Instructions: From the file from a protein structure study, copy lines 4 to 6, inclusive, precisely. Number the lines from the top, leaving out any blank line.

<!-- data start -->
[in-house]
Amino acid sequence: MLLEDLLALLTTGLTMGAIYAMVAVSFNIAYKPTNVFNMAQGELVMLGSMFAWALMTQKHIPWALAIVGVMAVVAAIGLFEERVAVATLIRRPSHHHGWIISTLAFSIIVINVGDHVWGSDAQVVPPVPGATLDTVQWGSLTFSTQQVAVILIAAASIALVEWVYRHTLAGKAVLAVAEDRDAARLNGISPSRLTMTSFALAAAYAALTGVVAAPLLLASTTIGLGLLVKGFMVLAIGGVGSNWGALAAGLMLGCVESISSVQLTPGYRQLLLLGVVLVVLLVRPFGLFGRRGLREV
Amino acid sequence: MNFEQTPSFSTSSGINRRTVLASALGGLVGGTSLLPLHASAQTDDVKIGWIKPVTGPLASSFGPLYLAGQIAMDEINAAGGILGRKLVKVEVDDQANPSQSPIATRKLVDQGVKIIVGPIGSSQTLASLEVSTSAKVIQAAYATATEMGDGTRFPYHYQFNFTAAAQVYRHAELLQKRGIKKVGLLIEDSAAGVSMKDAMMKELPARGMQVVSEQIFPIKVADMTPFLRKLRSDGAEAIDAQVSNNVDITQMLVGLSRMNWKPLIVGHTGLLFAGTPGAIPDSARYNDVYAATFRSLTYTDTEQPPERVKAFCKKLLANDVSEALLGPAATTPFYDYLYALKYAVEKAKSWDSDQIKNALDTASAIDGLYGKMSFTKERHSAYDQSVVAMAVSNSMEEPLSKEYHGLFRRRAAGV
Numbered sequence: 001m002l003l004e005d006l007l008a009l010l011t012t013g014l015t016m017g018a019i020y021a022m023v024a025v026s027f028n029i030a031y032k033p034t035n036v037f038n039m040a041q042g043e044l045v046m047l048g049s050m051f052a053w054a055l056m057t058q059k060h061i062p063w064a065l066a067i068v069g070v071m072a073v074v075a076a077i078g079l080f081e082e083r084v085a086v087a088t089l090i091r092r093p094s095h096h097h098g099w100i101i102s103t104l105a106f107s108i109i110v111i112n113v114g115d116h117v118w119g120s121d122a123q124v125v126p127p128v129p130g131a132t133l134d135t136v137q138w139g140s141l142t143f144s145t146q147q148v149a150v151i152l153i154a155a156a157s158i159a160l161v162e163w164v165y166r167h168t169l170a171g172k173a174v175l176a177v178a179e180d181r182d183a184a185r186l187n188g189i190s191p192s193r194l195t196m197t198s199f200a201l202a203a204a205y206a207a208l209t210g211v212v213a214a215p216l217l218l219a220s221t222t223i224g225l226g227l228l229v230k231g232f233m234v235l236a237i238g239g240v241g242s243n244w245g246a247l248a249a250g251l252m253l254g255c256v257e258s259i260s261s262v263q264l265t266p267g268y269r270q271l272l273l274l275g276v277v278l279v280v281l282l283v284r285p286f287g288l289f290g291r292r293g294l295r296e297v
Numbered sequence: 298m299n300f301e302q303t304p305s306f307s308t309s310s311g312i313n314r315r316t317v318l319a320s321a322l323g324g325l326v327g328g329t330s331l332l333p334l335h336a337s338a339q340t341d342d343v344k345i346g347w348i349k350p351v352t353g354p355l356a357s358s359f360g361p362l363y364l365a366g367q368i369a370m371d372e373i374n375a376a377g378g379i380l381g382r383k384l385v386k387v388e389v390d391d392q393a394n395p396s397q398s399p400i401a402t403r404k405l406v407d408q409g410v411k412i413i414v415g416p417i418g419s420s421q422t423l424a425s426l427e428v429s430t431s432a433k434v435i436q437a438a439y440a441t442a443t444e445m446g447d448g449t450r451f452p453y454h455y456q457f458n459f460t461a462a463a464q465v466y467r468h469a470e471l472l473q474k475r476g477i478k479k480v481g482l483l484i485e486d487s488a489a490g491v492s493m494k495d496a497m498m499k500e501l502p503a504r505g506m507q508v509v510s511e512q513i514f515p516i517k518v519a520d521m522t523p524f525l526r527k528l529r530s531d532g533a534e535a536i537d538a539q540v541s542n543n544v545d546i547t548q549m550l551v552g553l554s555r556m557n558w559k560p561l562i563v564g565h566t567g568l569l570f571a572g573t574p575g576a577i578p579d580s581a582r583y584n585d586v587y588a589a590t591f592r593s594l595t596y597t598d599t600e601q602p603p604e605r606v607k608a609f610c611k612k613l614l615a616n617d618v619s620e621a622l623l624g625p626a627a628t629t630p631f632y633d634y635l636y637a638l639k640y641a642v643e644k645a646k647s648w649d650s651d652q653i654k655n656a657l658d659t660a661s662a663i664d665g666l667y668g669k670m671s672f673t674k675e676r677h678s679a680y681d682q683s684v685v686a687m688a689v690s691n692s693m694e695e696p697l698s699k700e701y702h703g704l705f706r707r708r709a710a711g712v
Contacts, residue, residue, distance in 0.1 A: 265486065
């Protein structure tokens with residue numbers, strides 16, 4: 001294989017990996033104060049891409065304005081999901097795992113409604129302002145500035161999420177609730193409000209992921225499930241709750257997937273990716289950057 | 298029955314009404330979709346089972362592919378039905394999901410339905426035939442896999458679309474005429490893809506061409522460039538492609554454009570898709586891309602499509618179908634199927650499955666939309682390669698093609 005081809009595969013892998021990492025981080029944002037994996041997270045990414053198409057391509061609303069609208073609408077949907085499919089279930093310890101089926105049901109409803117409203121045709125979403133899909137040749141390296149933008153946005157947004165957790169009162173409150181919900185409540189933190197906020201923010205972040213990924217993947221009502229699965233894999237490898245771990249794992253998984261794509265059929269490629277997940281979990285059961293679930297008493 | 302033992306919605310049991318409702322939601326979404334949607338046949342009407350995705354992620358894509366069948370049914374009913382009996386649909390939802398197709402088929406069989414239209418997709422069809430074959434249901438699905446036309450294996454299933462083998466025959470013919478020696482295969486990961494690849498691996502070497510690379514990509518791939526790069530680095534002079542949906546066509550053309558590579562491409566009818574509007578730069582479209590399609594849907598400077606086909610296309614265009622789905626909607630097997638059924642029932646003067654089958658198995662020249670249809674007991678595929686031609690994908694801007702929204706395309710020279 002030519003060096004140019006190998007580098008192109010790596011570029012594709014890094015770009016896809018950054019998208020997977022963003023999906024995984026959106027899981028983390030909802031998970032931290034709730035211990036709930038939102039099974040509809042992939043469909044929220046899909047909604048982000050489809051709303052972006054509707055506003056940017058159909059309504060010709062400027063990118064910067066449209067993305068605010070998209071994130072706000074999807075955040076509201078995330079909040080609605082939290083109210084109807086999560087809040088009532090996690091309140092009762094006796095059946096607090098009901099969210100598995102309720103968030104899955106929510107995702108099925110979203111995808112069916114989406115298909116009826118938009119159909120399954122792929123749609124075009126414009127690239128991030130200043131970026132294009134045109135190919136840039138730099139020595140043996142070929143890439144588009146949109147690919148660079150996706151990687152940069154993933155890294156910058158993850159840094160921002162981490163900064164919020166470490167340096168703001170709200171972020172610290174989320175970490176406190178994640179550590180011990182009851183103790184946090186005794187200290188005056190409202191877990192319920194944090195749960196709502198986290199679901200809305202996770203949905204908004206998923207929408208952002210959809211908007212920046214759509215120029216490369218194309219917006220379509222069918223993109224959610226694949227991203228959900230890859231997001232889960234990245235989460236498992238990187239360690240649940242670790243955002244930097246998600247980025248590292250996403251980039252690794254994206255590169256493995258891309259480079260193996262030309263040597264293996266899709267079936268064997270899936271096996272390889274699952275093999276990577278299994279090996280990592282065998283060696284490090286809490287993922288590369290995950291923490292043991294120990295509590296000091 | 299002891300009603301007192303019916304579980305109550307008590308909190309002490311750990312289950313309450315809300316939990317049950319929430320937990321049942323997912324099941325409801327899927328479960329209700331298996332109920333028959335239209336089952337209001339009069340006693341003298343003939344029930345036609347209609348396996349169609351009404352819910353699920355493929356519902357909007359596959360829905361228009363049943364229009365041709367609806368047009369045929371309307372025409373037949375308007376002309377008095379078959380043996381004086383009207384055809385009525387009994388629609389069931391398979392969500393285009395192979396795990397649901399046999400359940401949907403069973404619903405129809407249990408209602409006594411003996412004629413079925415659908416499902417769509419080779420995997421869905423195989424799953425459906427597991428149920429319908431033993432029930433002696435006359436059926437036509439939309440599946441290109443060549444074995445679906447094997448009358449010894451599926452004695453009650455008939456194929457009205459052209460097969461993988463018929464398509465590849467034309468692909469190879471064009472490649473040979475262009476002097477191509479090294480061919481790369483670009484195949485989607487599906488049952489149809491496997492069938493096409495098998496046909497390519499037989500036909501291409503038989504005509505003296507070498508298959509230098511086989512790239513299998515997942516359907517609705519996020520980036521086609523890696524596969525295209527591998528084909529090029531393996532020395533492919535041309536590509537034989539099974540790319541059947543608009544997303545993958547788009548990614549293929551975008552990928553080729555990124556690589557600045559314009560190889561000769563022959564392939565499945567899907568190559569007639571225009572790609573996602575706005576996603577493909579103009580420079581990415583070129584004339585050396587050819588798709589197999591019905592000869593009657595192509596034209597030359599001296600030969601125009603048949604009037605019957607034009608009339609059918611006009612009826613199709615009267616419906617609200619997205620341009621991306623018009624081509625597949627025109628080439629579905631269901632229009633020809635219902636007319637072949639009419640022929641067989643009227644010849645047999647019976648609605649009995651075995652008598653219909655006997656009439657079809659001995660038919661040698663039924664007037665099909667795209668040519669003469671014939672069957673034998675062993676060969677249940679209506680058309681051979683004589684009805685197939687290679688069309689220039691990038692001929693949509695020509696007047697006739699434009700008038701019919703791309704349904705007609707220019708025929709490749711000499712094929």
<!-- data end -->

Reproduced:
Numbered sequence: 001m002l003l004e005d006l007l008a009l010l011t012t013g014l015t016m017g018a019i020y021a022m023v024a025v026s027f028n029i030a031y032k033p034t035n036v037f038n039m040a041q042g043e044l045v046m047l048g049s050m051f052a053w054a055l056m057t058q059k060h061i062p063w064a065l066a067i068v069g070v071m072a073v074v075a076a077i078g079l080f081e082e083r084v085a086v087a088t089l090i091r092r093p094s095h096h097h098g099w100i101i102s103t104l105a106f107s108i109i110v111i112n113v114g115d116h117v118w119g120s121d122a123q124v125v126p127p128v129p130g131a132t133l134d135t136v137q138w139g140s141l142t143f144s145t146q147q148v149a150v151i152l153i154a155a156a157s158i159a160l161v162e163w164v165y166r167h168t169l170a171g172k173a174v175l176a177v178a179e180d181r182d183a184a185r186l187n188g189i190s191p192s193r194l195t196m197t198s199f200a201l202a203a204a205y206a207a208l209t210g211v212v213a214a215p216l217l218l219a220s221t222t223i224g225l226g227l228l229v230k231g232f233m234v235l236a237i238g239g240v241g242s243n244w245g246a247l248a249a250g251l252m253l254g255c256v257e258s259i260s261s262v263q264l265t266p267g268y269r270q271l272l273l274l275g276v277v278l279v280v281l282l283v284r285p286f287g288l289f290g291r292r293g294l295r296e297v
Numbered sequence: 298m299n300f301e302q303t304p305s306f307s308t309s310s311g312i313n314r315r316t317v318l319a320s321a322l323g324g325l326v327g328g329t330s331l332l333p334l335h336a337s338a339q340t341d342d343v344k345i346g347w348i349k350p351v352t353g354p355l356a357s358s359f360g361p362l363y364l365a366g367q368i369a370m371d372e373i374n375a376a377g378g379i380l381g382r383k384l385v386k387v388e389v390d391d392q393a394n395p396s397q398s399p400i401a402t403r404k405l406v407d408q409g410v411k412i413i414v415g416p417i418g419s420s421q422t423l424a425s426l427e428v429s430t431s432a433k434v435i436q437a438a439y440a441t442a443t444e445m446g447d448g449t450r451f452p453y454h455y456q457f458n459f460t461a462a463a464q465v466y467r468h469a470e471l472l473q474k475r476g477i478k479k480v481g482l483l484i485e486d487s488a489a490g491v492s493m494k495d496a497m498m499k500e501l502p503a504r505g506m507q508v509v510s511e512q513i514f515p516i517k518v519a520d521m522t523p524f525l526r527k528l529r530s531d532g533a534e535a536i537d538a539q540v541s542n543n544v545d546i547t548q549m550l551v552g553l554s555r556m557n558w559k560p561l562i563v564g565h566t567g568l569l570f571a572g573t574p575g576a577i578p579d580s581a582r583y584n585d586v587y588a589a590t591f592r593s594l595t596y597t598d599t600e601q602p603p604e605r606v607k608a609f610c611k612k613l614l615a616n617d618v619s620e621a622l623l624g625p626a627a628t629t630p631f632y633d634y635l636y637a638l639k640y641a642v643e644k645a646k647s648w649d650s651d652q653i654k655n656a657l658d659t660a661s662a663i664d665g666l667y668g669k670m671s672f673t674k675e676r677h678s679a680y681d682q683s684v685v686a687m688a689v690s691n692s693m694e695e696p697l698s699k700e701y702h703g704l705f706r707r708r709a710a711g712v
Contacts, residue, residue, distance in 0.1 A: 265486065